Beyond these ideological fissures, the Democratic caucus's diversefactions are plagued by intense power struggles. African Americans,for example, will have unprecedented clout in the new House, withfour committee chairmen and the House's number-three leadershipposition of majority whip, which will be held by South Carolina'sJames Clyburn. The Congressional Black Caucus (CBC) is sure toexpect handsome rewards for this influence--for instance, by way ofbudget funding for urban social and anti-poverty programs.

Despite its new influence, the CBC comes to power in a defensiveposture, with animus toward Pelosi. In 2003, Pelosi irked the groupwhen she passed over Louisiana's William Jefferson to run theDemocratic Congressional Campaign Committee (dccc). Later, whenJefferson was caught with

$90,000 in his freezer and accused of corruption, Pelosi called forhis removal from the House Ways and Means Committee. CBC memberswere alternately described as "furious," "outraged," and "on thebrink of open revolt," and they called the move discriminatory. Andit's not just Pelosi: Relations are even worse between the CBC andRahm Emanuel, the new Democratic caucus chairman and a party heroafter managing this year's House elections as dccc chairman. CBCmembers bitterly complained to Pelosi that the often caustic Emanuelharassed them over their party dues and fund-raising output, didn'tsolicit their campaign advice, and didn't hire enough black aides.The tension between the CBC and caucus leaders is likely tointensify, thanks to Pelosi's decision this week that AlceeHastings, a former federal judge impeached in 1989, is tooethically tainted to chair the House Intelligence Committee.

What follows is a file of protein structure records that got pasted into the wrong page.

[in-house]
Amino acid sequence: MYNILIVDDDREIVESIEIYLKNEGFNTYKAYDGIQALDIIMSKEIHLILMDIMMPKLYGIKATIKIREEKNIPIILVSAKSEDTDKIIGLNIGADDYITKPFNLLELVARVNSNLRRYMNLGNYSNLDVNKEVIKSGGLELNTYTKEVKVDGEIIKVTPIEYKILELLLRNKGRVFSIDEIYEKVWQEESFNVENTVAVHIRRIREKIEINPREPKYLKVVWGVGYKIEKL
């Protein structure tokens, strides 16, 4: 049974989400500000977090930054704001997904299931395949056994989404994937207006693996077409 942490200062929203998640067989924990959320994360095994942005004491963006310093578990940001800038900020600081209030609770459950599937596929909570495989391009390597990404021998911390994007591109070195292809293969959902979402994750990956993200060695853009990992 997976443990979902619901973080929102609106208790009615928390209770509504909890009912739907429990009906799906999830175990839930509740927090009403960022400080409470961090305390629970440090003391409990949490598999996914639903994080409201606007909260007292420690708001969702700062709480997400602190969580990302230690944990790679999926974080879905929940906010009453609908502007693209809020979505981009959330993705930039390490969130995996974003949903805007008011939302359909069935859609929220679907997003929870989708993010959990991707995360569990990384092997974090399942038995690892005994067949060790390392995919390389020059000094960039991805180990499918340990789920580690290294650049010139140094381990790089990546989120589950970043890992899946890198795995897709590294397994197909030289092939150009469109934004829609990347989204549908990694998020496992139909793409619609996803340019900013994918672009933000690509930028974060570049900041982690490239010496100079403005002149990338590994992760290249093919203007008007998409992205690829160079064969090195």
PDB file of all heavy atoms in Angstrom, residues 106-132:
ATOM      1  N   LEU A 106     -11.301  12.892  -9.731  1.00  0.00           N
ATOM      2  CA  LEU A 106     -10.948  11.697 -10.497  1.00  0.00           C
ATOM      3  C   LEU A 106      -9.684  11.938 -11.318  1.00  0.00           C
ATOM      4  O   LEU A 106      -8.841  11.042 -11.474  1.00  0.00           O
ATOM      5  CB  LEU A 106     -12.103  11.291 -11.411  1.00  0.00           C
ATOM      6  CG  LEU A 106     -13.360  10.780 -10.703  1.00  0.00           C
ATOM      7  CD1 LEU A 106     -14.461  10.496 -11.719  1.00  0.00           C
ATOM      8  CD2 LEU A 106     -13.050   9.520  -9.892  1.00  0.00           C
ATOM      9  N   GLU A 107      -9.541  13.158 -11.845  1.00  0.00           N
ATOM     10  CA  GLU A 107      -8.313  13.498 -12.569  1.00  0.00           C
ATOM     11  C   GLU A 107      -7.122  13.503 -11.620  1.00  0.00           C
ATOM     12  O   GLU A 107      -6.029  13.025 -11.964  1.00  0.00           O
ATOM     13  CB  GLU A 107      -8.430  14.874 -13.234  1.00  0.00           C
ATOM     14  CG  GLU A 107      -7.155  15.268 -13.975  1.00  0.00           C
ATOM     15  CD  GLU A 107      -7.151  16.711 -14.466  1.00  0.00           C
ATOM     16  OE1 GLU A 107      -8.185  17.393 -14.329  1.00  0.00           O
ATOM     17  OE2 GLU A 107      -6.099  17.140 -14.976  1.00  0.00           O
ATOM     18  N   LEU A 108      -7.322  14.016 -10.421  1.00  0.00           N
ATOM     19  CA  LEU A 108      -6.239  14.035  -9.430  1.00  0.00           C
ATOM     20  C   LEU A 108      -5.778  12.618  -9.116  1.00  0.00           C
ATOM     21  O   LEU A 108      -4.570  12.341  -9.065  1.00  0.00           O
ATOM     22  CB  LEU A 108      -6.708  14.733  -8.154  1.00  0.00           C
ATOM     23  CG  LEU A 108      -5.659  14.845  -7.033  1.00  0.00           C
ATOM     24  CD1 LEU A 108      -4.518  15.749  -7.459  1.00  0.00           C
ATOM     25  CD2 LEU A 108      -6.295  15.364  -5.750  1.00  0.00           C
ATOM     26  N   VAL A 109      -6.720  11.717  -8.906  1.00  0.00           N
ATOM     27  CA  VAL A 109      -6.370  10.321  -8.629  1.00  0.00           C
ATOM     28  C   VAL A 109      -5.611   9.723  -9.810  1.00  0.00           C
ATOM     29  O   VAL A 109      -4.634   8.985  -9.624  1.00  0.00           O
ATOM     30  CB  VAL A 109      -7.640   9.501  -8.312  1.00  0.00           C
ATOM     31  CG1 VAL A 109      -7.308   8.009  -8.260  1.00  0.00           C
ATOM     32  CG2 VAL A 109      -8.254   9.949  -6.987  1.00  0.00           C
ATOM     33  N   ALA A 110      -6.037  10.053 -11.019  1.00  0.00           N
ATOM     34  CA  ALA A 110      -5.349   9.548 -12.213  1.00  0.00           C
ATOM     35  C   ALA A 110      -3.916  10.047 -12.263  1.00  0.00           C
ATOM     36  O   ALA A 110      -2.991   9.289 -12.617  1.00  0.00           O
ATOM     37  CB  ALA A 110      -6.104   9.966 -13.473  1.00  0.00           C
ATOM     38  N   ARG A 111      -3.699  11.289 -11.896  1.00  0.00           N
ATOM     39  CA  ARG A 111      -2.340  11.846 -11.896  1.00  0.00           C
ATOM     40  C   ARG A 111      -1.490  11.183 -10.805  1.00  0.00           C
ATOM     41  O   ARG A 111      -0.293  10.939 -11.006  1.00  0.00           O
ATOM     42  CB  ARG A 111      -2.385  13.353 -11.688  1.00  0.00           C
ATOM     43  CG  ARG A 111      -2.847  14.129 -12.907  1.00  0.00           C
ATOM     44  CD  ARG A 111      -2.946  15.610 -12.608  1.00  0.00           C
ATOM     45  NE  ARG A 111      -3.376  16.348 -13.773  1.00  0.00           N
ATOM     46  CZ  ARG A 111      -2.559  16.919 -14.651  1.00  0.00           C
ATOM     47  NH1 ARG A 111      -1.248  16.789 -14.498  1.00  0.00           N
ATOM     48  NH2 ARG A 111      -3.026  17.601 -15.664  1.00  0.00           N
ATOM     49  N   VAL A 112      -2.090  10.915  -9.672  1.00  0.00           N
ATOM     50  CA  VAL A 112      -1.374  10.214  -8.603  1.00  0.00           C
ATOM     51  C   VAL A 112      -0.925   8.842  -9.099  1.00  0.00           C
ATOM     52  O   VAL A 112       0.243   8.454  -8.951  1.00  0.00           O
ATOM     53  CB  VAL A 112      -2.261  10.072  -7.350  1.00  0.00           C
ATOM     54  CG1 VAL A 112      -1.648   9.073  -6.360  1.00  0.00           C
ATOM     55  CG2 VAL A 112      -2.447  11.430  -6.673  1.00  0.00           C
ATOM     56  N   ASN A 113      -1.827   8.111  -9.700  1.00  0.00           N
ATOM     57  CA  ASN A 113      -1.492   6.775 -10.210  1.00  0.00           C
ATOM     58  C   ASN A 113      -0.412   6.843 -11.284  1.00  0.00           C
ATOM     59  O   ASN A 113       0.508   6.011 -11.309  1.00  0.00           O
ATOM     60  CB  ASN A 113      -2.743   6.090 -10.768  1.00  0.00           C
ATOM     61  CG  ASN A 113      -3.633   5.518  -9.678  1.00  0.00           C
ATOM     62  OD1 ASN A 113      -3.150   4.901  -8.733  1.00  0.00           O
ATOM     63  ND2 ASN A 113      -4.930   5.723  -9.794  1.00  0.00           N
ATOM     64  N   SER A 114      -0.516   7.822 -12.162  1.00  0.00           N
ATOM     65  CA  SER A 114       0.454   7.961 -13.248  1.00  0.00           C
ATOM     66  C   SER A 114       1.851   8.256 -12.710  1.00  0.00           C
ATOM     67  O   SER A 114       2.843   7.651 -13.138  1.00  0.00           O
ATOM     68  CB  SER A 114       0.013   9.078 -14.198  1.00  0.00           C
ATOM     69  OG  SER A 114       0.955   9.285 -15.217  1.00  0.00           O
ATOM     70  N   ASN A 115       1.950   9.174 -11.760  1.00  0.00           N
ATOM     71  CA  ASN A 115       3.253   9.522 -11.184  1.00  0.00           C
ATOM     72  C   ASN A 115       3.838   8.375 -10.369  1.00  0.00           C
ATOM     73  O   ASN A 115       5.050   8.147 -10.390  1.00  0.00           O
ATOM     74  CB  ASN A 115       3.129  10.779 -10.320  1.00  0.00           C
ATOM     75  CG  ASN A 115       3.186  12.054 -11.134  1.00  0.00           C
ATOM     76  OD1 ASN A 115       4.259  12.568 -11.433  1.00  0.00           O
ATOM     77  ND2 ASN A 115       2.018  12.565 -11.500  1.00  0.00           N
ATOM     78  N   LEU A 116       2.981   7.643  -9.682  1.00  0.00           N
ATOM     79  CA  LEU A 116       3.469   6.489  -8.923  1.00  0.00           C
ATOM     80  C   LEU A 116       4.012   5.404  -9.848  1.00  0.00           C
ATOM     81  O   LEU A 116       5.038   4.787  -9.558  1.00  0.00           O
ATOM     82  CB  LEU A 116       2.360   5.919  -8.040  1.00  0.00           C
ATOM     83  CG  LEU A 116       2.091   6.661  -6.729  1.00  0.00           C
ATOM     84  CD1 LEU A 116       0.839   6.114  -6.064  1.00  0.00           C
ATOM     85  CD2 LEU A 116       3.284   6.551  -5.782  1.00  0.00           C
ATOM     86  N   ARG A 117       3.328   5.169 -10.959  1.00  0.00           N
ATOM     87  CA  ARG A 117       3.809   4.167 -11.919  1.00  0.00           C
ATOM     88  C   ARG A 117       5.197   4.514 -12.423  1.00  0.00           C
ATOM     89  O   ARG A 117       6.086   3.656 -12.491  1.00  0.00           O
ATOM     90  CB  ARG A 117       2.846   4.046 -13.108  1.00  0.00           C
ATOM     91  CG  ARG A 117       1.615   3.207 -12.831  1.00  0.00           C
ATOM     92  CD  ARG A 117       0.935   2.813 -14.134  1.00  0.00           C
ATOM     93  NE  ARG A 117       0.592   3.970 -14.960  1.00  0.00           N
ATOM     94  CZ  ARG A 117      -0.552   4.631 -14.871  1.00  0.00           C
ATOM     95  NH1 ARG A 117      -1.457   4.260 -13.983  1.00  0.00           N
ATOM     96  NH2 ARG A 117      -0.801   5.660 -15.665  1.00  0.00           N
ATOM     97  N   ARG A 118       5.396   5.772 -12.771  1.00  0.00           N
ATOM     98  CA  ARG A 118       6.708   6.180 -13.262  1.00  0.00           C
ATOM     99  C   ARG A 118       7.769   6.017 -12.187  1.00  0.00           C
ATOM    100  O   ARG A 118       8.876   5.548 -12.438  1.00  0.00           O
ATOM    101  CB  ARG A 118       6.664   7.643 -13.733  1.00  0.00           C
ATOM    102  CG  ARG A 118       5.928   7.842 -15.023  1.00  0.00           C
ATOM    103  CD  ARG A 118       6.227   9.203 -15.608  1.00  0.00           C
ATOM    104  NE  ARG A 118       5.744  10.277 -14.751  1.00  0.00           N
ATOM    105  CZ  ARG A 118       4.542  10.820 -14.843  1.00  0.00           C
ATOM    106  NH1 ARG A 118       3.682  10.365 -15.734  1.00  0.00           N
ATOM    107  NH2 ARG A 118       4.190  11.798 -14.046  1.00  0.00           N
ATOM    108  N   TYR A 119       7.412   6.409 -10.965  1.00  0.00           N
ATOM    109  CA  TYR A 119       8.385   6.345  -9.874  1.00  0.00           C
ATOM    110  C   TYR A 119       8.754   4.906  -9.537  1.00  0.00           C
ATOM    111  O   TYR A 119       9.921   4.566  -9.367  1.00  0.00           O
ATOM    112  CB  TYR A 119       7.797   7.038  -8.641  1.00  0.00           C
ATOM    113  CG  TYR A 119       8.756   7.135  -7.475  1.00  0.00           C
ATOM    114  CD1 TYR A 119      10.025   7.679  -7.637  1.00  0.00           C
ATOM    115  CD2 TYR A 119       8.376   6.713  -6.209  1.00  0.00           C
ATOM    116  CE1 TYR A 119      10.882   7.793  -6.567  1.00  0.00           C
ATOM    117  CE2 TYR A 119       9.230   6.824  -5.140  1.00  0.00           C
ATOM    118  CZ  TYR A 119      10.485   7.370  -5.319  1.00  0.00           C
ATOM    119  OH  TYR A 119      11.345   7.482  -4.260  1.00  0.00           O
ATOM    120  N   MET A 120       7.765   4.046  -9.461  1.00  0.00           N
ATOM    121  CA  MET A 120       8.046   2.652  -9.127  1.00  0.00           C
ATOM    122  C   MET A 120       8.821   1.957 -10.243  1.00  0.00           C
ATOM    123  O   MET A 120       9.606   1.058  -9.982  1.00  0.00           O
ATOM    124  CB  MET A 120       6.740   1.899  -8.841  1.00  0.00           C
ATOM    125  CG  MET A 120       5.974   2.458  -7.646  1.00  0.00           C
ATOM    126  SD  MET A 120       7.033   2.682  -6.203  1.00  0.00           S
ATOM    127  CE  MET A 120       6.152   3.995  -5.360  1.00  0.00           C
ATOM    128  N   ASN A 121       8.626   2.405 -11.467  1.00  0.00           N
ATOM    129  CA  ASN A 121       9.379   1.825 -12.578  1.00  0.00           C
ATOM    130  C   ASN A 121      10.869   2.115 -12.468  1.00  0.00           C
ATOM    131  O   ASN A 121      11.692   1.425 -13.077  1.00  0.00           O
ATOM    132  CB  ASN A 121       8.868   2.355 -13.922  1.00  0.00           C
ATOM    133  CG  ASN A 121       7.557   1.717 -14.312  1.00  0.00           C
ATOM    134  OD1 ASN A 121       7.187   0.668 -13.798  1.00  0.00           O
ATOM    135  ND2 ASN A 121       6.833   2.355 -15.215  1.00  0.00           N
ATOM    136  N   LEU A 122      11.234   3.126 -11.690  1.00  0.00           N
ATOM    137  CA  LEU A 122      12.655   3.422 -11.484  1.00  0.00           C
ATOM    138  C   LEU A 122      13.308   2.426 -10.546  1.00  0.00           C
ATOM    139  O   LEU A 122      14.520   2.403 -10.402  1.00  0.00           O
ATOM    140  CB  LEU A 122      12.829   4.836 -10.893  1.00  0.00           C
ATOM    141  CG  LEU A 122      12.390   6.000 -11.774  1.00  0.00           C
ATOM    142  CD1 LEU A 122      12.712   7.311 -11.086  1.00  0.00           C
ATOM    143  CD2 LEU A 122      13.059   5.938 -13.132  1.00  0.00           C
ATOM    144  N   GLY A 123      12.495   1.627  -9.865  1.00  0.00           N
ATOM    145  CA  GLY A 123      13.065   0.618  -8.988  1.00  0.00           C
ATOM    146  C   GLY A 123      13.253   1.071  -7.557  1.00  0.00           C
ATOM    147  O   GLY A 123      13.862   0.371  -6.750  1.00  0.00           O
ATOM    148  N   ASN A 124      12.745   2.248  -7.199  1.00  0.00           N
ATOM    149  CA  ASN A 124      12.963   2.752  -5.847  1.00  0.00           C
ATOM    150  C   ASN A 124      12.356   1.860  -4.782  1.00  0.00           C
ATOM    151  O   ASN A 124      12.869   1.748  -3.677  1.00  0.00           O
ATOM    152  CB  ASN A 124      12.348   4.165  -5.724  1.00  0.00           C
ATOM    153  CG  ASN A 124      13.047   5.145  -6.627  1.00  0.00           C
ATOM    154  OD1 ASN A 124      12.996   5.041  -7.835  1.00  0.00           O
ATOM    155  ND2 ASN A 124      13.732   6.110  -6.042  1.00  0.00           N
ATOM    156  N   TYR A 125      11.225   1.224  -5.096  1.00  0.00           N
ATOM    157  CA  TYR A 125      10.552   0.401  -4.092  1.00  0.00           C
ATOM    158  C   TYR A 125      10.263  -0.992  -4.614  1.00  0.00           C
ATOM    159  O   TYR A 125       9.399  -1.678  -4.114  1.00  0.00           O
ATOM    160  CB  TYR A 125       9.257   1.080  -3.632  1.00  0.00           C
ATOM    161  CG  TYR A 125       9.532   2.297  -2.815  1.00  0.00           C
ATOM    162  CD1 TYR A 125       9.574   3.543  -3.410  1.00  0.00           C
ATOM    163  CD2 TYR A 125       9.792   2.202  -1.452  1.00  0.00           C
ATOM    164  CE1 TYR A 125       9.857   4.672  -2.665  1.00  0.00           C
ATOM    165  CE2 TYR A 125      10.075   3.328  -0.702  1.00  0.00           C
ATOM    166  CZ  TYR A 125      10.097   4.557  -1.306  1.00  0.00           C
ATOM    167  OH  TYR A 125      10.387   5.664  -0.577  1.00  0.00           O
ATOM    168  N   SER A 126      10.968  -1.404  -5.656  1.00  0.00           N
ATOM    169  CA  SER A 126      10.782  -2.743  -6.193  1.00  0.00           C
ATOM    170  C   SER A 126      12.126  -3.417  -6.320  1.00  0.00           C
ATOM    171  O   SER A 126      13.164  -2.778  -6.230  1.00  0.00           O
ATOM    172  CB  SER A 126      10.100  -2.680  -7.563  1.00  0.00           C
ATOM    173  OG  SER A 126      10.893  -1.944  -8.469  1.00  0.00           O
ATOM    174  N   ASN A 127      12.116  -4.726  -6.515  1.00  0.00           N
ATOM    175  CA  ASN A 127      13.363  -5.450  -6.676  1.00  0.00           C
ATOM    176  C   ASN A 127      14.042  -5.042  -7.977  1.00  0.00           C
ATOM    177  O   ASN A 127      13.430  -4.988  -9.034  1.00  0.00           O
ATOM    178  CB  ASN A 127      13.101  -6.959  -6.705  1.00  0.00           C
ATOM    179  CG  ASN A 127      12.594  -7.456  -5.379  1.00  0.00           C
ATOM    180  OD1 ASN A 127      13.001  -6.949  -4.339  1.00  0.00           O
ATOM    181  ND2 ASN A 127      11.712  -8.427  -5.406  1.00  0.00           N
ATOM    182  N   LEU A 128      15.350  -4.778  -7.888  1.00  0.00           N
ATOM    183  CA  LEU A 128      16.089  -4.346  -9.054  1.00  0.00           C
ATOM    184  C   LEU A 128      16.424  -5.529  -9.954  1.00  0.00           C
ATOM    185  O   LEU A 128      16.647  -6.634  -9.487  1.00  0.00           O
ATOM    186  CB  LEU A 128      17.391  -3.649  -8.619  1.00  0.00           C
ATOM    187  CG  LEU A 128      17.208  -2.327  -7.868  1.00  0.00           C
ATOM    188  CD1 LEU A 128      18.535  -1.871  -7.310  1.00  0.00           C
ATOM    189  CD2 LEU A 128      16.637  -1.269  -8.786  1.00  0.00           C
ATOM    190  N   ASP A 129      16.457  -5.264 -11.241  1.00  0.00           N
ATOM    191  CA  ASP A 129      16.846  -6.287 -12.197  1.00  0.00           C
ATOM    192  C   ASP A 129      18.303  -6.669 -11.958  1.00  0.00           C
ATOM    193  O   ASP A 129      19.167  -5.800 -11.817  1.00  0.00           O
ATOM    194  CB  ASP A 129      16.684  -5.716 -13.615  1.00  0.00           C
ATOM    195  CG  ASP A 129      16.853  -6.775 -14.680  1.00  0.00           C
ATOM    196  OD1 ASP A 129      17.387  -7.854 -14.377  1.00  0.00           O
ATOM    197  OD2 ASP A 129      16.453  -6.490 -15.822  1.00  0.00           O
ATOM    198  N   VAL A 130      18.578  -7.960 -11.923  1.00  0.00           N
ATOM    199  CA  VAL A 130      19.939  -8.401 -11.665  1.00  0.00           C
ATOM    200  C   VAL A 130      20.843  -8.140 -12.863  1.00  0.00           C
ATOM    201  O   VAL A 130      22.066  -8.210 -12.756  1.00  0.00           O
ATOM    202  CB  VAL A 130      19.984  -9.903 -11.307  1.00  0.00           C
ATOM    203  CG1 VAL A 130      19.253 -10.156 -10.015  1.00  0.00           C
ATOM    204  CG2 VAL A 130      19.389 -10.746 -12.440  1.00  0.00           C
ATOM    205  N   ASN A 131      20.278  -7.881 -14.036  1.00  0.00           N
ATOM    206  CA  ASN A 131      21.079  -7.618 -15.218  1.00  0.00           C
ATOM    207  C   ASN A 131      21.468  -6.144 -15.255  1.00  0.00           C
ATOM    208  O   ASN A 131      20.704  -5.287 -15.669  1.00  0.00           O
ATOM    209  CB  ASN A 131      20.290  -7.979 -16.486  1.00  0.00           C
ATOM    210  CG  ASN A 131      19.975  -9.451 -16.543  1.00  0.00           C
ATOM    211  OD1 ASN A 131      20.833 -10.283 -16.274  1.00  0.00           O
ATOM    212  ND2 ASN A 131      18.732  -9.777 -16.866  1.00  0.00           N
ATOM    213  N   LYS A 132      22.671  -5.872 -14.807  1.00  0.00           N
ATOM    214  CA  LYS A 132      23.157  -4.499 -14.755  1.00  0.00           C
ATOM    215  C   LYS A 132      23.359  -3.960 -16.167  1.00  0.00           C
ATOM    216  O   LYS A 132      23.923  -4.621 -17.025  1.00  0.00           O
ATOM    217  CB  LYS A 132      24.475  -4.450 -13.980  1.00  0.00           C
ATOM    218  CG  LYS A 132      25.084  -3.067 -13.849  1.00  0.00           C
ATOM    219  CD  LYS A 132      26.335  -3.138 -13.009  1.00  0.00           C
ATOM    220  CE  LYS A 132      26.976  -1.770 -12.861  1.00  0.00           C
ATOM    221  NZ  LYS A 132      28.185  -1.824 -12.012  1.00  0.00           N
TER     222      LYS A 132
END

Another of Pelosi's headaches will be the struggle to keep hercommittee chairmen in line. Pelosi has signaled that she wants toretain the kind of centralized power over committees thatRepublicans established, rather than revert to the system offreelancing chairmen that prevailed in the old Democratic majority.But that might not be easy to explain to the ancien regime. TheseBourbon restorationists, including the 80-year-old Dingell, one ofthe few Democrats whose caricature appears on the storied wall ofWashington's Palm steakhouse, view the Democratic victory asrestoring them to their rightful positions of power. Pelosi hasalready battled 77-year-old Judiciary Chairman Conyers, whorecently introduced a bill exploring the possibility of George W.Bush's impeachment. Other senior chairmen with, shall we say, highconfidence in their own judgment include the 76-year-old CharlieRangel at Ways and Means, who recently had to be talked out ofpursuing the idea of a draft, and the 66- year-old Barney Frank atFinancial Services, recently shushed after proposing hearings ongays in the military. And it's not even January yet.